I know, I know…why am I returning to this old chestnut? You wish to read something new, entertaining, disgusting and/or engaging… (And where have I been for the last month, anyway, slacker that I am?)
(Off for the holidays, since you ask. Followed by a vicious bout of manflu. So much so that I can now say, with absolute conviction than manflu is not a weenie version of influenza but was in fact the secret biological weapon of the Spanish Inquisition or possibly of Dr. John Dee working undercover as a Tudor torturer in the Tower of London…)
But back to this Regency business…
I have, in fact, already attempted to herd the fantasists into some verisimilitude of historical accuracy or other in my previous blog on the subject where I discussed the actual dates of the Regency, in my so aptly titled blog, What exactly is the Regency, anyway? And you would have thought that would be the end of it.
Well, if you thought that, you’d be wrong.
Now I hear–courtesy of the ubiquitous grapevine that is the internet–that one or other or several of our charming colonial cousins are insisting at some length and indeed volume that the Regency actually started in the late 18th century and that history isn’t the only criterion. Or something.
(I don’t know–I could have heard that wrong or I may have had a bit of fluff in my ear…)
To which I feel forced to ask, therefore, how are you defining the word Regency? What does the word, in fact, mean, when you’re using it?
Are you using it in reference to a period of time during which George III had been found to have lost his senses, irreparably impairing his ability to govern and his son and heir was made acting head of state, aka the Regent?
Then you would be talking, as I have outlined, of a period beginning 5 February 1811 when the Regency Act became law and the death of the king in 1820.
Or, you could stretch the point and date it slightly earlier, beginning-ish a year or so earlier, when George III’s mental health began to deteriorate as it had previously and his son and heir stepped in ex officio to keep things ticking over and running smoothly–it was a time of war, with all the matters of state that entails–until such time as his father recovered or his condition stabilised.
But what if you don’t care a jot about history? Fair enough. Are you speaking culturally? What if you’re talking about architecture? Or furniture design? Or when Napoleon was gallivanting about the Continent calling himself Emperor?
What if, indeed, when you say Regency you’re actually picturing in your mind a chappie with his hair cropped and unpowdered, wearing a high white cravat constructed of heavily starched linen about his neck, a high crowned bevor on his head (which looks quite similar to our top hats), a tightly fitted tailored wool coat, a plain waistcoat and very tight buckskin breeches? What if that’s what Regency means to you?
Well, that definition of Regency would date the beginning of said period with the arrival of Mr. George Brummell in London and his appearance–which shocked his fellow members at White’s, particularly those of an older generation than himself–dressed as above.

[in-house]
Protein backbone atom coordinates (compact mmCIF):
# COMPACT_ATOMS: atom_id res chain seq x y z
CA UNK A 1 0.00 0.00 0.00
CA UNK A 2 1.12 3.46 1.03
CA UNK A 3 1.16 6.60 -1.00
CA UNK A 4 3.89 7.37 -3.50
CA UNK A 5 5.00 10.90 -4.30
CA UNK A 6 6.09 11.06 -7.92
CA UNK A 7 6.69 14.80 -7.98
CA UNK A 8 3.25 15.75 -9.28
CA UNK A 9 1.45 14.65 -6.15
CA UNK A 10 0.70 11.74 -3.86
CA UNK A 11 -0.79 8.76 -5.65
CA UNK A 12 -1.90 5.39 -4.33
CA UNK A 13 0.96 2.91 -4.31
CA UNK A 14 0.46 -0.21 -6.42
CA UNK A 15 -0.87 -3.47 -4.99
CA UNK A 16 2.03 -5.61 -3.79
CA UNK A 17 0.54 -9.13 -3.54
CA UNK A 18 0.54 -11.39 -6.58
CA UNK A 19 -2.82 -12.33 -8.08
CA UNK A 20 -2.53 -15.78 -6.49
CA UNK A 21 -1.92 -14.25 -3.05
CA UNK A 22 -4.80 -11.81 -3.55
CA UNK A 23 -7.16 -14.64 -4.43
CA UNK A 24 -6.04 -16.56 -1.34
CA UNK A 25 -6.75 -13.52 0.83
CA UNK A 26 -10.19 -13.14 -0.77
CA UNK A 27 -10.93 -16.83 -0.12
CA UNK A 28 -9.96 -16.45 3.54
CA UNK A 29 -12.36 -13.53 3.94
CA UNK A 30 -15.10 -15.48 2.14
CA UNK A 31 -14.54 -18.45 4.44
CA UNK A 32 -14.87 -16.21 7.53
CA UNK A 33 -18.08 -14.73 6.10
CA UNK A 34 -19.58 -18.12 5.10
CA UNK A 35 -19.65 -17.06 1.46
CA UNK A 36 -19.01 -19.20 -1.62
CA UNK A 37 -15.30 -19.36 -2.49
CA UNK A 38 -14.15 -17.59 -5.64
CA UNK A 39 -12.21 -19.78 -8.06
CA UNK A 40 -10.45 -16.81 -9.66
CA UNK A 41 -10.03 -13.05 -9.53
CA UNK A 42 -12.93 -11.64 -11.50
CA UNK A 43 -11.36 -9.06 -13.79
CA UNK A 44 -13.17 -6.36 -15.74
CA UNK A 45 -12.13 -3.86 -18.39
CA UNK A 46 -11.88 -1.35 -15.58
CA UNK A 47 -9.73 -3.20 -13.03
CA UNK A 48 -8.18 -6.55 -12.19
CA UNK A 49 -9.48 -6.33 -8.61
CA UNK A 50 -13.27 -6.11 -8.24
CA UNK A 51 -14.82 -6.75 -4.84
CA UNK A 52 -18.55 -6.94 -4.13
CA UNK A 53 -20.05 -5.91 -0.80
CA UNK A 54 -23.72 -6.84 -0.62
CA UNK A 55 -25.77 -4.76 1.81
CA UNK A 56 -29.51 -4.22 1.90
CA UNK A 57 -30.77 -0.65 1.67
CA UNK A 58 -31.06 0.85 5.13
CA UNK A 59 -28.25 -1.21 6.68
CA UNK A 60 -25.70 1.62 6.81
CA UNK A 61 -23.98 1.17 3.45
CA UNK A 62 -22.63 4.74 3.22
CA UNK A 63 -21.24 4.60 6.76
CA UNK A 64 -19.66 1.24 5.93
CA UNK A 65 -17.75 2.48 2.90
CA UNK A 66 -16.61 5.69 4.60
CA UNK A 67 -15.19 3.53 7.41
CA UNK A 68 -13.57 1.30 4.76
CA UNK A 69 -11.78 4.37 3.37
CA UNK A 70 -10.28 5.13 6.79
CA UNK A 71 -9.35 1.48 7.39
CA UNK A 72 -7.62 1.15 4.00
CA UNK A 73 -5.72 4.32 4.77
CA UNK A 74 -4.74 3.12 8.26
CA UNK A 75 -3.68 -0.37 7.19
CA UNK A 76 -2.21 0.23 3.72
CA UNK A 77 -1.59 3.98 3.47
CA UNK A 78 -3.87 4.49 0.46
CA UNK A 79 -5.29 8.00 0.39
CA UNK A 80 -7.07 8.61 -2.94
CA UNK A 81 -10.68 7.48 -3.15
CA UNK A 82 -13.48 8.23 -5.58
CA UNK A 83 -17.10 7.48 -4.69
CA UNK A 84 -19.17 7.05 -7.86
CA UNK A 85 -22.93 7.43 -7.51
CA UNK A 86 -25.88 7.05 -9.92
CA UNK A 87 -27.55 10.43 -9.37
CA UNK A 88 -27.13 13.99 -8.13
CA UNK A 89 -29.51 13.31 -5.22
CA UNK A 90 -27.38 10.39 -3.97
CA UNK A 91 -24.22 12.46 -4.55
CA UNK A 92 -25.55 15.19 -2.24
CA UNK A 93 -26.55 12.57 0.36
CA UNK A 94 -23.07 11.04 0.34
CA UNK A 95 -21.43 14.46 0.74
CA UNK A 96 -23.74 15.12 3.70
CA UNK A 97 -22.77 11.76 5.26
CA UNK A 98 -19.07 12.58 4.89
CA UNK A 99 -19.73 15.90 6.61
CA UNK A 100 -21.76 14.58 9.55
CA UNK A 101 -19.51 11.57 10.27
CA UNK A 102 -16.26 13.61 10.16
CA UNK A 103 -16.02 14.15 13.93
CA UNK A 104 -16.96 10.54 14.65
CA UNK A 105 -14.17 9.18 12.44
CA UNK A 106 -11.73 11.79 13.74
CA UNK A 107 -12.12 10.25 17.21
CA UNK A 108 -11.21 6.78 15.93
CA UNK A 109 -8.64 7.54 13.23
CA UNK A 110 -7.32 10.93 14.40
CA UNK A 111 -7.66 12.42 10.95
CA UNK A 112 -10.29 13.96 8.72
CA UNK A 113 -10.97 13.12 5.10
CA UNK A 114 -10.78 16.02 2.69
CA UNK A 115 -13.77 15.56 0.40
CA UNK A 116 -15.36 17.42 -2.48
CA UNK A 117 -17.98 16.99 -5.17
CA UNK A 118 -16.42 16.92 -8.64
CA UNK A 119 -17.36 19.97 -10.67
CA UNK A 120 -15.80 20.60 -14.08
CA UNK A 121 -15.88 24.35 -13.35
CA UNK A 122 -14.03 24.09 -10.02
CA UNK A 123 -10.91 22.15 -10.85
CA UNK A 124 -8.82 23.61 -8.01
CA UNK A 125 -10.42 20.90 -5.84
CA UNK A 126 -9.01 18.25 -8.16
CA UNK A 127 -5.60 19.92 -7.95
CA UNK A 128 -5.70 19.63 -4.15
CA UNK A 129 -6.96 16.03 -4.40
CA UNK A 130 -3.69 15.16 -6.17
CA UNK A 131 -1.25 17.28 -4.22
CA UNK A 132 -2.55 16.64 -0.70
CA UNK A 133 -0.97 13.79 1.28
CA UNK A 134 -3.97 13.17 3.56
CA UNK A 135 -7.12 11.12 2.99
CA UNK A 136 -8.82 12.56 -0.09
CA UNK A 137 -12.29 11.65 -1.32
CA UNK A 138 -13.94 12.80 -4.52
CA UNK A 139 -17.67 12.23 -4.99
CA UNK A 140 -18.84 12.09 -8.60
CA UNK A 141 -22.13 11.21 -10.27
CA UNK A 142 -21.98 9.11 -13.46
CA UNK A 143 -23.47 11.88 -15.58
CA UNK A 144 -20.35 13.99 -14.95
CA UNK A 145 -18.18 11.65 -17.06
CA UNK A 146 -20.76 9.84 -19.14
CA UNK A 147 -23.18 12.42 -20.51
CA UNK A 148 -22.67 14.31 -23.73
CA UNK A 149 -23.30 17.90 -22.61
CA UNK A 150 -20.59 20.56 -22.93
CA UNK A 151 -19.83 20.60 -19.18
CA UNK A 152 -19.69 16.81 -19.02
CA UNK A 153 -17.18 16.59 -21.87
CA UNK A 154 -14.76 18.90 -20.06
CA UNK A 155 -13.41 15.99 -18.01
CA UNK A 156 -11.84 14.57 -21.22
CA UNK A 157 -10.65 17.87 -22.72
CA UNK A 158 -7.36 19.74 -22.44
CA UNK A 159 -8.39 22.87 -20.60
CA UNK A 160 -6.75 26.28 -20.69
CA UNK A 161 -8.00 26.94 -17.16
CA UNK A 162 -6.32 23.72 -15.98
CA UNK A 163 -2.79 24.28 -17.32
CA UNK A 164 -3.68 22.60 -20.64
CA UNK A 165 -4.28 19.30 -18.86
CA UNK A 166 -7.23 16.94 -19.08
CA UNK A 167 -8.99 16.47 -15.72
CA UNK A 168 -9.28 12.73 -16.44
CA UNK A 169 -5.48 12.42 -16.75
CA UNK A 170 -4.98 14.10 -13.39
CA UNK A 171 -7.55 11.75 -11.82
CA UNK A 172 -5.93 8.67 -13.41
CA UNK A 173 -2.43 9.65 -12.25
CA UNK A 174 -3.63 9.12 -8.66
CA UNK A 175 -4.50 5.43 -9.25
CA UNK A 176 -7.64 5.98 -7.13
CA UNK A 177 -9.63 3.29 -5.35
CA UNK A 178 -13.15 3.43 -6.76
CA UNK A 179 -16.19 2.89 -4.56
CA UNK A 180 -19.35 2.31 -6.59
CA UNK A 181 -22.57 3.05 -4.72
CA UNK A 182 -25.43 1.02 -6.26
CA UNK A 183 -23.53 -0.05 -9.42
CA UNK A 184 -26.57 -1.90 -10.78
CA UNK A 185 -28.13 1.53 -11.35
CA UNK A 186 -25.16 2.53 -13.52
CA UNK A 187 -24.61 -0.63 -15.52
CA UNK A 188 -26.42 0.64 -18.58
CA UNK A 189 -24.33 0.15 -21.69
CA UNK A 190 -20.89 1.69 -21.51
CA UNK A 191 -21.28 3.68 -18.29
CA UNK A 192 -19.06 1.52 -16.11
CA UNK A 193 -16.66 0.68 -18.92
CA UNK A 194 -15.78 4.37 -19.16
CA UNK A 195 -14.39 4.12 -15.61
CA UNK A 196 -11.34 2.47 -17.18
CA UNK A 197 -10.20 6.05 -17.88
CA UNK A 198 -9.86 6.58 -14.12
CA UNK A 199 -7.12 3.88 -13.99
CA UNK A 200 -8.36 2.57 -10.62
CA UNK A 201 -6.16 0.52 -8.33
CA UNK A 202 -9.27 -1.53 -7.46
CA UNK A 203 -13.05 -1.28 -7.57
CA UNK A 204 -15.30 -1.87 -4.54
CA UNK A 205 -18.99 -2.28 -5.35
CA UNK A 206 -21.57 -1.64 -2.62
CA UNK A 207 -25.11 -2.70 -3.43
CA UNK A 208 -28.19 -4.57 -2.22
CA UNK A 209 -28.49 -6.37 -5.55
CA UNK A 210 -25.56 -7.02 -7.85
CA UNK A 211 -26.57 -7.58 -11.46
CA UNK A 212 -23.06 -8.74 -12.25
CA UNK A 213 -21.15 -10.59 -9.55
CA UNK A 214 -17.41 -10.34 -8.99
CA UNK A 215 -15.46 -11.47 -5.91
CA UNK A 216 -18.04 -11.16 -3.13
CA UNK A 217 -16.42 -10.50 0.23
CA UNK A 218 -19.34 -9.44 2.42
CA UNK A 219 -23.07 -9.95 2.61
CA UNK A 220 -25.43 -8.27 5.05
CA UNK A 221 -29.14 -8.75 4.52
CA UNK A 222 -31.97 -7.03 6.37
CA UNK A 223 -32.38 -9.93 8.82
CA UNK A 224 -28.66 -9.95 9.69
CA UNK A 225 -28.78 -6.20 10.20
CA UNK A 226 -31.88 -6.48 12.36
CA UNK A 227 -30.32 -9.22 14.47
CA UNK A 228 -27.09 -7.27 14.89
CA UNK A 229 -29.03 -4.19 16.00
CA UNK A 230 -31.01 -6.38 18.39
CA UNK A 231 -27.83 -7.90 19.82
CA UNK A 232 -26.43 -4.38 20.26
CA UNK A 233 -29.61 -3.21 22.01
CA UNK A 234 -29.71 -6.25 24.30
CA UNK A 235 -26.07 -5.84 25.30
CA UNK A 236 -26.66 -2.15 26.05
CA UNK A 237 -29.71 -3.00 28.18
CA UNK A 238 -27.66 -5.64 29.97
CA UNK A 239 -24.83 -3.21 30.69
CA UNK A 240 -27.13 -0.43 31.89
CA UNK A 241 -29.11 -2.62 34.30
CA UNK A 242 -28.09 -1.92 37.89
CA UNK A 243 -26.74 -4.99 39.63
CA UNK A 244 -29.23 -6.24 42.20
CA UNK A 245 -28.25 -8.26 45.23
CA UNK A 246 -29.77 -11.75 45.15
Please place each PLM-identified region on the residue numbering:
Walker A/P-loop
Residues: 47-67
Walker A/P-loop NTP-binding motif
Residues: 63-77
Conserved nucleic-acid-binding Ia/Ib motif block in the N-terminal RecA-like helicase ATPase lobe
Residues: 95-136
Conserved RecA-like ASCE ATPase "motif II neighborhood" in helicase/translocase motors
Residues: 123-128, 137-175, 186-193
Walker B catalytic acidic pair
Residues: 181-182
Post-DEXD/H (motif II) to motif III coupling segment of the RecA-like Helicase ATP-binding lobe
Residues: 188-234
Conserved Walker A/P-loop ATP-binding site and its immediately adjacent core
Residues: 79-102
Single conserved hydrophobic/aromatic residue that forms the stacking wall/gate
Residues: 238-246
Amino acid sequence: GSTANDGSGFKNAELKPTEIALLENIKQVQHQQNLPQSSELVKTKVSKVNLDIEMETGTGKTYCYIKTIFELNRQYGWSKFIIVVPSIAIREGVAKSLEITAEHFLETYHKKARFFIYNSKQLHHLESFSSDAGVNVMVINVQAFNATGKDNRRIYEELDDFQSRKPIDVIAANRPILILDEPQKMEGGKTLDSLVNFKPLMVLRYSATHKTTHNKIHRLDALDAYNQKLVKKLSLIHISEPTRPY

Brummell bought his house in Chesterfield Street in 1799. He also became a member of White’s Club in that year. Though it wasn’t until 1802-3 that Londoners were treated to the first public appearance of the strangulation device known as the starched cravat. He had also cropped his hair by that point. And like many of his generation, he was no longer using powder–which was then heavily taxed to pay for the already long war with France.
1802-3 is also the year that the French Empire waist made a strong showing in ladies wear, here in England. The Peace of Amiens with France meant that travel was briefly possibly for those of means and what they did was pop over to France for a spot of shopping.
The fashion for dressing in white muslin was not new–Marie Antoinette had swathed herself in layers of white muslin–but the simpler silhouette we associate with the early 19th century was.
If you’re talking about furniture design, well, again the dates aren’t what you’d expect. We associate the designs of Thomas Sheraton with the best of the period, yet his famous book of designs was not published until 1812 and it was published posthumously.
There’s quite a lot of gilded furniture about at the time too–all those gold leaf porpoises are furniture for the Age of Nelson–who was the great Naval hero. Was he a Regency gentleman? He wore his hair in a queue, and powdered, and had he been asked, would have told you and with some passion that he served George III and his country. He was no “Regency gentleman”. He died in 1805, well before George III’s descent into blindness, deafness and madness…
If you’re talking about the delicious interiors of Robert Adam, such as at Osterley Park, home of Lady Sally Jersey (absolutely gorgeous–a most lust-worthy residence!) you’d actually be talking about the 1780s when Adam and his rival James Wyatt were at the height of their powers and popularity…